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International business management

Introduction Mercosur (also known as Mercosul or the Southern Common Market) is an RTA (Regional Trade Agreement) found in early 1991 by means of the Treaty of Asuncion between the countries of Paraguay, Uruguay, Argentina and Brazil. After its formation in 1991 it has later been upgraded and modified in 1994 by the Treaty of Ouro Preto. The primary objective of the Mercosur is to allow and encourage free trade as well as the easy traffic of man, merchandise and money between the aforementioned countries.

While Peru, Ecuador, Colombia, Chile and Bolivia are presently the associate members of the agreement Venezuela has only recently (17th June 2006) become a signed member. However, despite having been agreed a membership Venezuela will be acknowledged as a formal member only after the Paraguayan and Brazilian parliaments ratify its entry into the confederation. (King, 2007) A number of South American countries view Mercosur as the one means by which they might unite their economic capacities and resources together and thereby compete with other global powers, such as the U. S. A as well as the European Union.

The Mercosur is also being seen as a possible hurdle the FTAA (Free Trade Area of the Americas) might have a difficult time crossing. A majority of the present members of the Mercosur have refused the FTAA proposal at the IV Summit of the Americas (Argentina, 2005). While this raised questions regarding the level of cooperation between the various South American countries concerned the Union of South American Nations has successfully proved that it isn’t the unification of the south but rather the US overshadowed policies of the FTAA that the South American countries have objection to.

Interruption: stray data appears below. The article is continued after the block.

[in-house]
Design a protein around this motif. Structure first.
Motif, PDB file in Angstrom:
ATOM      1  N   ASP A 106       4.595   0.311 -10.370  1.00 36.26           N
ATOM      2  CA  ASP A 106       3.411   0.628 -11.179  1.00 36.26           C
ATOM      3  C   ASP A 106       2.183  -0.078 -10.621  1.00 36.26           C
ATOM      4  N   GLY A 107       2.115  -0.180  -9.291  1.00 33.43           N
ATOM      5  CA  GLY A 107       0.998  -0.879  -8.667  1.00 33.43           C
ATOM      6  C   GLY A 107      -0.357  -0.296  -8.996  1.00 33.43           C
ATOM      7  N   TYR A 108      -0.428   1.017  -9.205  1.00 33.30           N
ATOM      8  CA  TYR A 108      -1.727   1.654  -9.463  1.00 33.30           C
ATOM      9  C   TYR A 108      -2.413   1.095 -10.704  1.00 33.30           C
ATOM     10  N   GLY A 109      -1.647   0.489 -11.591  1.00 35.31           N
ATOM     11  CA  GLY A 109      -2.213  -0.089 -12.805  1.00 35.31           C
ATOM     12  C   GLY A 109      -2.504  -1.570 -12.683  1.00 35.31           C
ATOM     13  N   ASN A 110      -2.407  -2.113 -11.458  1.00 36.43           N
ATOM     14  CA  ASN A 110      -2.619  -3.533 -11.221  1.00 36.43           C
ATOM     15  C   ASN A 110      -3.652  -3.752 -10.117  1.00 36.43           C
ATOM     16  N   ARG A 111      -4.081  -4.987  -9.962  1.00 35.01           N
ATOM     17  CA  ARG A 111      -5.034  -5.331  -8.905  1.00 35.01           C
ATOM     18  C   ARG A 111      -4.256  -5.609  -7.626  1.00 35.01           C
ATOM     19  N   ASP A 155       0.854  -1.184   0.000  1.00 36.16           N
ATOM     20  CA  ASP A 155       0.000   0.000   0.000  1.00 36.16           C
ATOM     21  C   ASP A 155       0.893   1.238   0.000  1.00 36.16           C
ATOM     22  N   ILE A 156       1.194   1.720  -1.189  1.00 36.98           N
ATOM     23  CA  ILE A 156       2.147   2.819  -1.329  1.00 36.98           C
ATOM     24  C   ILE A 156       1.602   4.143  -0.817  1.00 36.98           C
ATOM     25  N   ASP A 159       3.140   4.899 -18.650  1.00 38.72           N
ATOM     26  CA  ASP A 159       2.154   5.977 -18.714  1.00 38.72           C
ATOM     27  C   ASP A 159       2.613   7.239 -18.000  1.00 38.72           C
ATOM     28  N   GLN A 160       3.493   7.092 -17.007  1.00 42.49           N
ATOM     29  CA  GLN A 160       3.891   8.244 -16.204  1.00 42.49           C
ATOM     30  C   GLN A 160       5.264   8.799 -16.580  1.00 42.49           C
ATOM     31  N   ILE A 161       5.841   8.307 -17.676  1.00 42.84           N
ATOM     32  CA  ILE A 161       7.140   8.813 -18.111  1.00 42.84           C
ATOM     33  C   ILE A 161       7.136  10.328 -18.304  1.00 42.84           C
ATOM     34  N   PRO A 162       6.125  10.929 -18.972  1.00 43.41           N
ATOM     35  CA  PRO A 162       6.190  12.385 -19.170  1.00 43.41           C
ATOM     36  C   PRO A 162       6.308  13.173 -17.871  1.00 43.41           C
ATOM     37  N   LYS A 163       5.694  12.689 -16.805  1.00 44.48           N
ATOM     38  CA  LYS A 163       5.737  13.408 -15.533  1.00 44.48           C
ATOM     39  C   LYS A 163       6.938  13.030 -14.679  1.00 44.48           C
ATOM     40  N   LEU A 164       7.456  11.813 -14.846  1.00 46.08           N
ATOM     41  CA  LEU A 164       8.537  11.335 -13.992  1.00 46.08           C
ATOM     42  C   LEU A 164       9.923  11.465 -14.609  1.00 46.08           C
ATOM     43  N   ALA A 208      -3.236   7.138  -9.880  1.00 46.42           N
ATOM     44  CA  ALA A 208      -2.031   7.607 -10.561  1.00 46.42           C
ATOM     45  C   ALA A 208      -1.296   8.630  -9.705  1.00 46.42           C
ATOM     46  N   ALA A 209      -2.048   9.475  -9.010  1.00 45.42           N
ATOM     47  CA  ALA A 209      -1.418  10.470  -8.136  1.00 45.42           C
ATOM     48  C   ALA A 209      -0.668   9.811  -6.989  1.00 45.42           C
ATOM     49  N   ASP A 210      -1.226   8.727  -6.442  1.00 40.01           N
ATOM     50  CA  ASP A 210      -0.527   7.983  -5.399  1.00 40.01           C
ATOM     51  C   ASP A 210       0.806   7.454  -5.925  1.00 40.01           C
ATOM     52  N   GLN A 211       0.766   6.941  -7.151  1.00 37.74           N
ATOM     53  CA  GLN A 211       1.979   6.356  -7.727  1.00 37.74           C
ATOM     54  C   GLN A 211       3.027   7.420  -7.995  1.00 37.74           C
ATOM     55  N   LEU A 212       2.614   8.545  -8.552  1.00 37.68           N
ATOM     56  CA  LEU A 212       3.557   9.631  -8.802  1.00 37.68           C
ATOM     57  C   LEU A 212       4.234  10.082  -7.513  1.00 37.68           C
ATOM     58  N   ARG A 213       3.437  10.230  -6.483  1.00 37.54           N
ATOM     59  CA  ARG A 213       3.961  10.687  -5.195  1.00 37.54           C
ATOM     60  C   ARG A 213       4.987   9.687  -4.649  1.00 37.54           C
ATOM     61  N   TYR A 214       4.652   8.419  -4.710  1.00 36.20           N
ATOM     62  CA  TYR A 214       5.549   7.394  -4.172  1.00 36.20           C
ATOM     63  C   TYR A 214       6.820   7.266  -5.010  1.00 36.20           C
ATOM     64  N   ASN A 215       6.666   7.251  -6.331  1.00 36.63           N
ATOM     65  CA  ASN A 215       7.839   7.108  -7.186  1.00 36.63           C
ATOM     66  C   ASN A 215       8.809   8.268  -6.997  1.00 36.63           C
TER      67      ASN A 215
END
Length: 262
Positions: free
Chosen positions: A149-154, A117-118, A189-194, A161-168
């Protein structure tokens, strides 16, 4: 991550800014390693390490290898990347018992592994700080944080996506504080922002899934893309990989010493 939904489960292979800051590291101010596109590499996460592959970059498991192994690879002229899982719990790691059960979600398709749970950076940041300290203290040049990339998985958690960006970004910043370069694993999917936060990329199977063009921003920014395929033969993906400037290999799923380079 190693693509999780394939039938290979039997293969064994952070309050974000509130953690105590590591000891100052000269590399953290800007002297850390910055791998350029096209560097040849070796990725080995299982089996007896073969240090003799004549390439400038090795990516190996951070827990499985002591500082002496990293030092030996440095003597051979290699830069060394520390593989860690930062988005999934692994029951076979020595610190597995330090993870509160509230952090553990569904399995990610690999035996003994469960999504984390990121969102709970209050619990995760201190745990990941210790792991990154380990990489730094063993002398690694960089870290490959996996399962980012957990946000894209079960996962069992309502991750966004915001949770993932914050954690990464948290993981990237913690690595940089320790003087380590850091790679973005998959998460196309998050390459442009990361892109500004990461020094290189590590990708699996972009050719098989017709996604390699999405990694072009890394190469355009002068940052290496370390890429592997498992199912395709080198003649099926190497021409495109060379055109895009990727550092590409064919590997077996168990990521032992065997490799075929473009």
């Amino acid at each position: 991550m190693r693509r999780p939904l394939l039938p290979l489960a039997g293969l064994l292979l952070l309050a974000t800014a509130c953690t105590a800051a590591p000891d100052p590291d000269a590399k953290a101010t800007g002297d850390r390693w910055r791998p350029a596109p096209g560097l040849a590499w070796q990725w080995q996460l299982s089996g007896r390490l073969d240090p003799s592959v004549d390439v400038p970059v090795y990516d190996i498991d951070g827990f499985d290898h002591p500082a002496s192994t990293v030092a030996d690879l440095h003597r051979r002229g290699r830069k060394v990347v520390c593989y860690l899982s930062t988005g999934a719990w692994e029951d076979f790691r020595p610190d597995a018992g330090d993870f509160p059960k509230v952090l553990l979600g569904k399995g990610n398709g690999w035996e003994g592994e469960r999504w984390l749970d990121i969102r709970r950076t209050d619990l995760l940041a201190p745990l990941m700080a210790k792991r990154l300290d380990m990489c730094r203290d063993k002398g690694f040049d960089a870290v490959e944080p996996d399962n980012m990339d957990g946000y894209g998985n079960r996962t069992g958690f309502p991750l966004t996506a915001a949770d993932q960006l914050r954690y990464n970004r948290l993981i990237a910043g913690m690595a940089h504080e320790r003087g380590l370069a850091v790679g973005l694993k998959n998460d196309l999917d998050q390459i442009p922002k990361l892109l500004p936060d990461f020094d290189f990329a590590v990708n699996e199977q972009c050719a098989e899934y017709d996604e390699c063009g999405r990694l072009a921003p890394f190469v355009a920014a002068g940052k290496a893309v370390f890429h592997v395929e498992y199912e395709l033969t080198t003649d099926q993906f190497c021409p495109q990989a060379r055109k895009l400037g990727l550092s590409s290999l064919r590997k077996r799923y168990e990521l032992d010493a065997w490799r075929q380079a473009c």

(Kar, 2007) The sudden breakdown of the Argentine economy (2001) possibly had a negative effect on the progress of the Mercosur. Even today however it isn’t completely free of internal troubles. Various trade related disagreements still exist between Argentina and Brazil. Additionally, the idea of ‘free movement of individuals’, one of the initial objectives of the agreement, has not exactly worked out the way it was planned and countries such as Argentina continue to charge a certain amount of fee for every Mercosur citizen passing through its borders.

For Venezuela however Mercosur, with or without its very many shortcomings, is a longtime dream that has managed to evade her time and again. Today after 8 long years, numerous protocols and over 10 years of requests and failed attempts Venezuela is finally a part of the Common Market of the South. From a diplomatic point of view Venezuela’s entry into Mercosur is of far more importance than its attachment to the OAS, where she will undoubtedly be segregated and overshadowed by the US of A. (Kar, 2007).